Gone are the days of swag bags and face masks, your modern-day criminal is difficult to spot in most cases, impossible to even identify. No longer are they lurking outside your door as it would seem they are progressively switching the use of a crowbar to a laptop or smartphone – something just at the end of their fingertips to be used without having to leave the comfort of their own home.
SMEs are increasingly being targeted by fraudsters and hackers trying to withdraw money from the business. Gone are the days of the criminal leaning over the counter and removing money directly from the till as they employ skils and techniques akin to those in a Holywood movie, targetting businesses and finding their weaknesses, exploiting them for money wherever possible.
Research from Beaming has revealed that two-thirds of UK companies, employing between 10 – 49 people, fell victim to some kind of cybercrime last year. The costs for a small business can be huge and many will be unaware of the impact an attack can have. Damaged assets, financial penalties, business downtime/interruption, ransom-demands and IT forensics are just some of the costs of a serious cyber-attack and on average amount to anywhere in the region between £65,000 and £115,000 for small business.
The cost of cyber-crime to SME in the UK in the last year is estimated at £13.6bn, around 80% of the costs registered by businesses both large and small. In the national press, cyber-crime against small business is largely overlooked, with incidents to hit corporate and conglomerate businesses ever reported. This fuels the misconception that the chance of this happening to your business unlikely.
Larger businesses may fall victim at a faster rate due to increased risk exposures, such as the larger turnover of employees which increases the potential factors of vulnerability. However, they also implement multiple layers of protection to limit the spread of an attack and at the same time will have thorough disaster recovery programmes in place. Smaller businesses, on the other hand, will be targeted for technical weaknesses, in company networks, systems and employees.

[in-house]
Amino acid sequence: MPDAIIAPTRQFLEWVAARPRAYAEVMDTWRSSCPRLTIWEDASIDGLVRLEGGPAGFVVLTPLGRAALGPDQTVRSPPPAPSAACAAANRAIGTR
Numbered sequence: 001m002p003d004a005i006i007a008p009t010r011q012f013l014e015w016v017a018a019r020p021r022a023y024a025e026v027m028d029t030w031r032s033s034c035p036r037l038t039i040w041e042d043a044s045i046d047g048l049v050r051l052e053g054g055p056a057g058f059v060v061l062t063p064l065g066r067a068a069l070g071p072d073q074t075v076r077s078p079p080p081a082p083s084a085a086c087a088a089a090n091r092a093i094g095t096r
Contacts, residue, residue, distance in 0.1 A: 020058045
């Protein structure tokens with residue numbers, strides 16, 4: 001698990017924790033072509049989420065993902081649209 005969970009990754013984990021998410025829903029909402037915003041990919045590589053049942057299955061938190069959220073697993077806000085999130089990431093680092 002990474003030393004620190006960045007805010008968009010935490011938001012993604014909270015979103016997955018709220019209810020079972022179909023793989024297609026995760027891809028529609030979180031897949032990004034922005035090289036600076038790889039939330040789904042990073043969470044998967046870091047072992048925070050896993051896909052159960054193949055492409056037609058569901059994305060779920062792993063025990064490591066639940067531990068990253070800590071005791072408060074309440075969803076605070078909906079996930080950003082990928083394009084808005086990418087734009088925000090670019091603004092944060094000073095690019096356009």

So, what can SMEs do to protect themselves?
We urge smaller businesses to adopt a Prevent and Protect to covering off any exposure to cyber-risks and potential attacks. It is crucial that your systems are protected and monitored and if you have any concerns in what you currently have in place, we urge you to consult with your IT solution providers, should you have one.
Being proactive and tackling the risks head-on is essential but it cannot guarantee with a 100% certainty that an attack will be prevented. For that reason, you should consider ensuring that you have Cyber insurance in place. Insurance solutions can be provided for all kinds of scenarios but crucially the insurance will protect the longevity of your business and cover any potential outlay and costs of a cyber-attack.
It is important to maintain and obtain a balance between Prevention and Protection of your cyber risks. We recently conducted a webinar as part of our Cyber Loss Prevention Forum and this is available free to all here.